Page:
Satellite Photos Show Construction of Indonesia’s New Capital

What does a country do when its overcrowded, polluted capital city starts sinking into the ocean? It builds a new one.

That’s the plan in Indonesia, where construction is well underway on the new capital of Nusantara, a massive planned city being built from scratch in the jungles of Borneo that’s meant to replace Jakarta, the current capital that’s home to some 30 million people.

Recent satellite images released by NASA show the landscape of eastern Borneo undergoing rapid change, with a sprawling network of roads and early signs of building construction visible. The images above show the progress that’s been made between April 2022 and February 2024.

The $35 billion project is still in its earliest stages, and is not expected to be completed until 2045 at the earliest. But the Indonesian government is planning to officially inaugurate Nusantara this summer, to coincide with Indonesian Independence Day.

Skyscrapers are seen beyond residential buildings standing in the Tanah Abang district of Central Jakarta, Indonesia, on February 27. Indonesia is in the process of building an entirely new capital city 800 miles away.

Garry Andrew Lotulung/Anadolu via Getty Images

Thousands of government workers are scheduled to move in by October as part of the first phase—known as the Government Central Area zone—that will comprise a presidential palace, government offices and the infrastructure to support the first batch of civil servants.

Sinking city

Jakarta, which is about 870 miles west of Nusantara on the island of Java, has been Indonesia’s capital since its independence in 1945. But the metropolitan area has grown so fast—from less than a million people to 30 million today—that in 2019, Indonesian President Joko Widodo declared that it was no longer sustainable as the country’s capital.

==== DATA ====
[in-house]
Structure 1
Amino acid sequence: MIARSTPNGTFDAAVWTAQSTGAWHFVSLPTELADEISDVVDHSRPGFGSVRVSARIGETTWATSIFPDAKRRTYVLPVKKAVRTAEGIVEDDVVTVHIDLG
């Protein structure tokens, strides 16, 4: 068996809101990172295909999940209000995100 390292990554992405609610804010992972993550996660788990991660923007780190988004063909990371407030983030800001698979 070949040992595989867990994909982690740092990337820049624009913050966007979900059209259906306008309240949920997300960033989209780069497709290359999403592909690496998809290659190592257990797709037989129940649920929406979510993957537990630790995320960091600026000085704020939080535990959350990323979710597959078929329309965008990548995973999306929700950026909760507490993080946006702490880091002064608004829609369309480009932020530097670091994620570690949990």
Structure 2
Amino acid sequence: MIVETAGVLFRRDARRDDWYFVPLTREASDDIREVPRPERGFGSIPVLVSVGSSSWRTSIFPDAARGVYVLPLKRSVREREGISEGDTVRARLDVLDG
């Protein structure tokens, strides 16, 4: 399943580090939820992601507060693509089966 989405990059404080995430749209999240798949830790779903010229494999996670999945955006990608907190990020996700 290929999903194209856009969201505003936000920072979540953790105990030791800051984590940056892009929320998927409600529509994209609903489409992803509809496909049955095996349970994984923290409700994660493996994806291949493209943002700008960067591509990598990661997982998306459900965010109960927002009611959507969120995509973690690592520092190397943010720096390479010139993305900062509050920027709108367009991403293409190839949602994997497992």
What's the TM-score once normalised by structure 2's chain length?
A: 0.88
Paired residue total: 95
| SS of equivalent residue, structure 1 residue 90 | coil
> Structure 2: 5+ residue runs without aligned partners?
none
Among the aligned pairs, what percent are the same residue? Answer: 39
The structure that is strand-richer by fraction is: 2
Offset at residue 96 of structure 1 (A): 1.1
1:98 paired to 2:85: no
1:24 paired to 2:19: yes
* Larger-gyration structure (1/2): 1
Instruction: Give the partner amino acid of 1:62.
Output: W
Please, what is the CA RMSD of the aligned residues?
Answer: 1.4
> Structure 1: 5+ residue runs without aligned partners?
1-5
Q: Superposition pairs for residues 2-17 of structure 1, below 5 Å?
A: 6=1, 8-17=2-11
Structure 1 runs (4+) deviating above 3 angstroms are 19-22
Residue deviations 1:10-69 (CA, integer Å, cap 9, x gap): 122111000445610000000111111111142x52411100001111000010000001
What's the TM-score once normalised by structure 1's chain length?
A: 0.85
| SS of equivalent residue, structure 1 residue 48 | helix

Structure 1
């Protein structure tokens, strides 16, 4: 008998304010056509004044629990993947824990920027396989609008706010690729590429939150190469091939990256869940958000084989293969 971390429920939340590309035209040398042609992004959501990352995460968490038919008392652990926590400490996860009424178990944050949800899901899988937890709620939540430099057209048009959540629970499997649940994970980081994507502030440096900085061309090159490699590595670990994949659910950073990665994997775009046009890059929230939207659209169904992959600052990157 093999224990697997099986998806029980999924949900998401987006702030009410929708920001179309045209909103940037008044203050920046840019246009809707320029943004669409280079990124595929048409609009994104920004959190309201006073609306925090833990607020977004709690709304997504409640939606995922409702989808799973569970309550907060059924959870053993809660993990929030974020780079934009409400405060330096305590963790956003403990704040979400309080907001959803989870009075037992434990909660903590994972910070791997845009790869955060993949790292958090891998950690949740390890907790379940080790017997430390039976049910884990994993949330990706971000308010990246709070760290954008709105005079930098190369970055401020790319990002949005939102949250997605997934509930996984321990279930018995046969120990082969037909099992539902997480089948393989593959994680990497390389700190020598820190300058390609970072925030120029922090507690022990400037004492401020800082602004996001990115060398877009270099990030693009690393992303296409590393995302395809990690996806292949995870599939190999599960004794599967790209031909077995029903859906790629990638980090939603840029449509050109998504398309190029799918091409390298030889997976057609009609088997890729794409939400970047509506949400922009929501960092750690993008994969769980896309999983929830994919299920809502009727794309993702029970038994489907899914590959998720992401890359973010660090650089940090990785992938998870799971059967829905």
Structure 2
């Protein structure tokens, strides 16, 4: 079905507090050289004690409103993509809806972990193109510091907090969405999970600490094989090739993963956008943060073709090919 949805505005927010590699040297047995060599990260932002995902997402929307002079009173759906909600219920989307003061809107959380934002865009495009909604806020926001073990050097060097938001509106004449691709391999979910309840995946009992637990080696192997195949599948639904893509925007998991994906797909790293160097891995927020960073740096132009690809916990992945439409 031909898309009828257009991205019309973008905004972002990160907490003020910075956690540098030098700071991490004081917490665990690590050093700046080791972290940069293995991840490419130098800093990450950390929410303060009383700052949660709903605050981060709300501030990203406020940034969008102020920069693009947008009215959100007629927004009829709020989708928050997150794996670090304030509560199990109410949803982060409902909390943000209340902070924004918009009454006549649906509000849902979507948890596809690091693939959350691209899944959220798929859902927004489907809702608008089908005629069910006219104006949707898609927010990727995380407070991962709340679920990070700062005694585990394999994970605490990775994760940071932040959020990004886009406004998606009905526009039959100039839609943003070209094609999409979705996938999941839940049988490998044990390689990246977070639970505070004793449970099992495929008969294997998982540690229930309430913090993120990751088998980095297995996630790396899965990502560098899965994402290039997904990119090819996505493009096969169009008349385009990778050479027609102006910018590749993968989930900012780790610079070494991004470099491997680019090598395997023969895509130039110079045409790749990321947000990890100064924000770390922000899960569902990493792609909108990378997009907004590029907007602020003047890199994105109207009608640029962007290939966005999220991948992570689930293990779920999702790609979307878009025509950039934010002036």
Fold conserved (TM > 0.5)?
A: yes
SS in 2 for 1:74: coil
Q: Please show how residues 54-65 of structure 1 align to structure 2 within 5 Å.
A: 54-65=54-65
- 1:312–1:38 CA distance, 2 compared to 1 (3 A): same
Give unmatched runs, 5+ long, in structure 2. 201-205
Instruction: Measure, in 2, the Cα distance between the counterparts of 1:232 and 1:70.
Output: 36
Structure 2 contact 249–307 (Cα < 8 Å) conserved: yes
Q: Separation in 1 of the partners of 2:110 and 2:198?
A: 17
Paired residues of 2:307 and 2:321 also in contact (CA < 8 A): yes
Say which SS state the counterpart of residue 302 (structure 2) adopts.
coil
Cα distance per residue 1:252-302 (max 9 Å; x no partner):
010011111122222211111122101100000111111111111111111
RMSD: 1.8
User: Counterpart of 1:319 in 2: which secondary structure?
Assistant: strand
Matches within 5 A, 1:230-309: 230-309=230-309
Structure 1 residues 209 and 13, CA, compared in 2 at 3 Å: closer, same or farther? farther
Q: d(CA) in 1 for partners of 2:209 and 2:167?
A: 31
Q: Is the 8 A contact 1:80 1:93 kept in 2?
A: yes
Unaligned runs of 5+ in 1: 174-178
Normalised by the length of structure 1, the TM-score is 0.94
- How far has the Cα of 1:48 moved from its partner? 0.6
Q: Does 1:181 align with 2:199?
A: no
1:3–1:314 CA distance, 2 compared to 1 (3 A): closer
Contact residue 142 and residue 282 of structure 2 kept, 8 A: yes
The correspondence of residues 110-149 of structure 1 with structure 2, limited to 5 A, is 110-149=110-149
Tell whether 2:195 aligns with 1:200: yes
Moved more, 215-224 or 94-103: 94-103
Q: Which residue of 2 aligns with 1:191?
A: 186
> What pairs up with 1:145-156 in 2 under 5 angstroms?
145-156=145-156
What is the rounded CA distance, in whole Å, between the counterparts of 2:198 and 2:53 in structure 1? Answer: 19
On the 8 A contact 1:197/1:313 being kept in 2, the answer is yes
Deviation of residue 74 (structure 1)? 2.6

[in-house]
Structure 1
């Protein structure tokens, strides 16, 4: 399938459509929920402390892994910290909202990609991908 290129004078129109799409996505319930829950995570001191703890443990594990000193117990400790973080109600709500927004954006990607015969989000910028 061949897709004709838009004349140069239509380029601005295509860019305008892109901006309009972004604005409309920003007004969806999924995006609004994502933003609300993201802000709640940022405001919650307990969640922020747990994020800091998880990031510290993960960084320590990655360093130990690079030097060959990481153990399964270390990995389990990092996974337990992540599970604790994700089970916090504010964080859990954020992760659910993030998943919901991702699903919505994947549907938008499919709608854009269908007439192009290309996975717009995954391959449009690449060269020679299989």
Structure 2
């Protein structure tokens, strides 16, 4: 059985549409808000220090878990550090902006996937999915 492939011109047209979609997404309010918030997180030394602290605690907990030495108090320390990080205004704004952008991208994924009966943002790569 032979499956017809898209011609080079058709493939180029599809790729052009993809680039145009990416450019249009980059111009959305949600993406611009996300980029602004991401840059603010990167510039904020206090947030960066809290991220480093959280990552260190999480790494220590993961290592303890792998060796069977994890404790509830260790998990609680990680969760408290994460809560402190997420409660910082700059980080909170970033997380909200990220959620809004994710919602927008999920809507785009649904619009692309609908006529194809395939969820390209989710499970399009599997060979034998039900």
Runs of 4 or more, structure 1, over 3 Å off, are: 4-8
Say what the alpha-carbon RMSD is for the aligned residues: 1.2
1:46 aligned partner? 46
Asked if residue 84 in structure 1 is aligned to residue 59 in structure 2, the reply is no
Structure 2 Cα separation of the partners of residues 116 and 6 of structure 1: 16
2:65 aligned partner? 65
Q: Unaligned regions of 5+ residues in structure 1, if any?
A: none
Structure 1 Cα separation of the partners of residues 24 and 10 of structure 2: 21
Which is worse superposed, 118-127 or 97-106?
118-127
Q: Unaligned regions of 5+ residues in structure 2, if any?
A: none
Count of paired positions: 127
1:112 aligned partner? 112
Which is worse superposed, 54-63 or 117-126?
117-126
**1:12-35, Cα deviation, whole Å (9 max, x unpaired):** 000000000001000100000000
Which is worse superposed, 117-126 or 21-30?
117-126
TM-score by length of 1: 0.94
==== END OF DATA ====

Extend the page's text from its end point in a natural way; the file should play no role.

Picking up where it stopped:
Jakarta suffers from some of the worst traffic in the world and is regularly ranked among the world’s most polluted metropolises. More critically, the city is sinking relatively fast—about six inches a year—due to a combination of rising sea levels and depleted aquifers. Forty percent of the Jakarta metropolitan area is now below sea level.

Influence and opinion

Jokowi, as the president is popularly known, is a former governor of Jakarta with deep ties to the city. He has made the move to a new capital his legacy, telling the New York Times last year: “We want to build a new Indonesia….This is not physically moving the buildings. We want a new work ethic, new mind-set, new green economy.”

Jokowi recently led a tour of hard-hatted social-media influencers through the Nusantara construction zone, as reported by the outlet Rest of World, showing off what will be the presidential palace. (Jokowi, who is term-limited, won’t be in power by the time the palace welcomes its new president in October.)

By tapping Indonesia’s vast stable of influencers to promote his vision of a new, tech-focused, sustainable capital built from the ground up, Jokowi is hoping to sway public opinion on the project. The country of 275 million is roughly split on the ambitious venture, according to polls. Issues range from environmental concerns like deforestation, to cost overruns, to the feasibility of actually populating the new capital.

Money troubles

Indonesian officials have been trying on and off for decades to move the capital. But it wasn’t until April 2019 that the actual location was determined. Three years later, legislators cemented Jokowi’s vision into law and shovels hit the ground.

But despite the progress on construction, it remains unclear how the project is going to be fully funded. Outside investment has been slow, and the government has said it’s not capable of paying for all of the construction itself. Last year, the Japanese tech conglomerate SoftBank declined to invest after officials had earlier suggested the firm offered to kick in at least $30 billion.

For now, the focus turns to August, when Indonesia celebrates Independence Day. Jokowi has pledged to host the celebration in Nusantara, though with four months to go there are no signs that a single building is ready for its ribbon to be cut, let alone residents to move in.